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Satan's Black Wedding (1976)

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Overall Rating 46%
Overall Rating
Ranked #5,801
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A man travels to another city for his sister's funeral to try to find out why she killed herself. He discovers that she is actually a vampire and returns from the dead to take revenge on her family. --IMDb
Greg Braddock
Greg Braddock
Ray Myles
Ray Myles
Lisa Milano
Lisa Milano
Barrett Cooper
Barrett Cooper
Zarrah Whiting
Zarrah Whiting
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Review by Chad
Added: October 09, 2005
In the final movie of the Nick Phillips Trilogy (see also: Criminally Insane and Criminally Insane 2), we find Hollywood actor Mark Gray (Greg Braddock) being summoned to a small town due to his sister Nina's recent suicide. Even though Nina was found with her wrists slashed, a razor on her bed, and a suicide note on the dresser, both Mark and the local police lieutenant have their doubts about the true cause of her demise. You see, Nina was found without a drop of blood in her body, and the third finger on her left hand was chopped off. How would a person committing suicide be able to pull the blood-draining part off, and why would they cut their own finger off? We soon find out that an ancient vampire is behind all of this, and that he intends to put together an undead marriage ceremony for Nina and a lover to be named... with Satan himself performing the ceremony.

I enjoy a good old-fashioned grindhouse b-movie every now and then, and this one certainly hit the spot. It's a very simple film which features a storyline that, admittedly, has basically been done a number of times in various other films. However, this simplicity is refreshing every now and then... sometimes it's nice to not have to wonder what sort of twist is coming at the end, or who's back-stabbing whom, or even who's responsible for everything that's going on. Yes, everything is answered in the first couple of scenes, and from there, we witness the storyline progress. Simple, yes... but entertaining as well.

There's plenty of memorable scenes to be found here, and gorehounds will not be disappointed. The gore isn't thrown around in abundance as in some other films, but the few scenes in which it's used are certainly memorable. For example, we witness Nina's suicide in the opening scene, and while today's crop of movies would probably have thrown in more blood and such, here it's all shown with a nice level of realism and an unflinching eye towards the action. The camera never hesitates to zoom in on the cutting, there's no artsy shots that serve only to annoy those in the audience who want to see some bloodshed (me!), and it all goes back to that simplicity thing. It's a bit sad to think that this type of movie is all but gone in this day and age, but thankfully, you can relive these memories of a time long forgotten through the miracle of DVD.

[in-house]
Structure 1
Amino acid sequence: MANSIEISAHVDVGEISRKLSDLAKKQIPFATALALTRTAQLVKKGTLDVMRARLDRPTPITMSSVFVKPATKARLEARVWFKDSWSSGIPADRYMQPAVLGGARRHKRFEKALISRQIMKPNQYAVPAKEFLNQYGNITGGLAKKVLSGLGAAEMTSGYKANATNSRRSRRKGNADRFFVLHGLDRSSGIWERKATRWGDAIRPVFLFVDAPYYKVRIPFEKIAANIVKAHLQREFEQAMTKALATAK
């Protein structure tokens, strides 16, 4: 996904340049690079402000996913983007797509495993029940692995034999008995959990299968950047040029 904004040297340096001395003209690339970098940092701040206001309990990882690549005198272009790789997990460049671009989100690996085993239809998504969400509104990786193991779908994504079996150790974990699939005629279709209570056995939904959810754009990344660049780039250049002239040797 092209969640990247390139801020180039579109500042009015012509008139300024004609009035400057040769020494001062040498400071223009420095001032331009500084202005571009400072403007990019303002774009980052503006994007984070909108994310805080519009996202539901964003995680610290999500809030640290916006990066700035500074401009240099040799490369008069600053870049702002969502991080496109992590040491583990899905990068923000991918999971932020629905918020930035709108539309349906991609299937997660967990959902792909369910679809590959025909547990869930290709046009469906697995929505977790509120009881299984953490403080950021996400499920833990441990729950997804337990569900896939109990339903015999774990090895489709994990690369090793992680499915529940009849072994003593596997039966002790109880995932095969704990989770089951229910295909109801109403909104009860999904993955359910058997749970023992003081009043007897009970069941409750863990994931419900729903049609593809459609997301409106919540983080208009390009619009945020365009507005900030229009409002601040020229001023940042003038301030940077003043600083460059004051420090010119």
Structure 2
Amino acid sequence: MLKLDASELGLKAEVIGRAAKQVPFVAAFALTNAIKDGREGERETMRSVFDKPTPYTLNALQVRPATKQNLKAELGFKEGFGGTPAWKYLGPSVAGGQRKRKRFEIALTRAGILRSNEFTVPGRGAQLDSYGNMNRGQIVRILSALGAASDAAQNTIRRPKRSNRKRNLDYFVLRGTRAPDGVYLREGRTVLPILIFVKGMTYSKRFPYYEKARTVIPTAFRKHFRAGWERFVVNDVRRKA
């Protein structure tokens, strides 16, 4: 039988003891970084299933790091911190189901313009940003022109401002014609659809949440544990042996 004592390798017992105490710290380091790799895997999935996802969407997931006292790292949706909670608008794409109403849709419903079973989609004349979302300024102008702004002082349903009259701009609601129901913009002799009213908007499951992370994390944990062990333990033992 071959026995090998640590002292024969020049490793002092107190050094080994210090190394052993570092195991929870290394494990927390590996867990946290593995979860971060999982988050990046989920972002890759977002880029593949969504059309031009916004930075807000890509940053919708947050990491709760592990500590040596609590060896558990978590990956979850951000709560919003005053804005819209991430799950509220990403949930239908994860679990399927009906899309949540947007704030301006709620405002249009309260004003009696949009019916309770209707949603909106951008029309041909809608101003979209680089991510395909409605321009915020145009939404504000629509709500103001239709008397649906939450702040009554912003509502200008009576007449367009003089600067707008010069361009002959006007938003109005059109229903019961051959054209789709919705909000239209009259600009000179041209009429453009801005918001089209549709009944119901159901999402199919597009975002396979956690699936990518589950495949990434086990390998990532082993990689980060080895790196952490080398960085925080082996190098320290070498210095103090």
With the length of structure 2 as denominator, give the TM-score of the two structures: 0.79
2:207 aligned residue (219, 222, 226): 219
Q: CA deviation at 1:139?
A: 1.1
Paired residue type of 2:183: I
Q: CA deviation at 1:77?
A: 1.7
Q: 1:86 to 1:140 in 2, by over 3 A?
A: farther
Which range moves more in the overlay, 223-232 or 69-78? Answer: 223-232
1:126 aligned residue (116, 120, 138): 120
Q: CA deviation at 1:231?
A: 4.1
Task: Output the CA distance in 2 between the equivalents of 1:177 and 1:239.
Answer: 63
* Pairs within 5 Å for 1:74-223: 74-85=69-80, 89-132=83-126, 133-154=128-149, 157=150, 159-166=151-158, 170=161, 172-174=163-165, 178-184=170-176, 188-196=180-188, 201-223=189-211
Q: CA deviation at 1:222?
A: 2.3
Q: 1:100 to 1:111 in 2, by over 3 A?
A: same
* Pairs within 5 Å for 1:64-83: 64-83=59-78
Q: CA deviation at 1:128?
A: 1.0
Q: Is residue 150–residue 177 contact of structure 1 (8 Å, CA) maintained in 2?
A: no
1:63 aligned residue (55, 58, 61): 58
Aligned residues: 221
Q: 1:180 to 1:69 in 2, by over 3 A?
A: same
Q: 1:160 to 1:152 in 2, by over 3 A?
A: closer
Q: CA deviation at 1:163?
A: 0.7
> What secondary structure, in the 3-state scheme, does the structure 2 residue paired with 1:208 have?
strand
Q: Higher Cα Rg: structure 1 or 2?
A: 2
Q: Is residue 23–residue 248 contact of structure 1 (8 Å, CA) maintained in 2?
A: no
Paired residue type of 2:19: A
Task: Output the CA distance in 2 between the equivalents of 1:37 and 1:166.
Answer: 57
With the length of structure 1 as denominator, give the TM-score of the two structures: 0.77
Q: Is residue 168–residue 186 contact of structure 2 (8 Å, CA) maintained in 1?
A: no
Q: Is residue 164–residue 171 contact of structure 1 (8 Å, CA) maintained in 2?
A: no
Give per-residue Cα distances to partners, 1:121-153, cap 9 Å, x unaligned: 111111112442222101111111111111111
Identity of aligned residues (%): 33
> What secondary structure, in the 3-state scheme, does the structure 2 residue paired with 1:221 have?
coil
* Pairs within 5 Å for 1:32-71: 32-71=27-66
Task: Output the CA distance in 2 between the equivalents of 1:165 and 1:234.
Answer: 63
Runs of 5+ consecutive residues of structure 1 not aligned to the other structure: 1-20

The final perk to watching this film on the Shock-O-Rama DVD release is the quality of the film. It's far from perfect - there's a few pops in the audio, the picture is grainy here and there, and it basically looks like you're watching the raw source material. Yes, you read that right... flaws in the audio / video quality were a perk. I say this because these flaws are very minimal and easy to block out, but they just add that much more nostalgia to the viewing process... you really feel like you're kicked back in a sleazy New York theater circa 1978.

Fans of seventies horror and grindhouse flicks should not pass this DVD up. You get this movie (obviously), the excellent Criminally Insane, and the decent sequel Criminally Insane 2. There's commentary on both this movie and the original Criminally Insane, there's interviews with the director, and for less than the price of the latest Hollywood blockbuster, you just can't beat that deal. 7/10.
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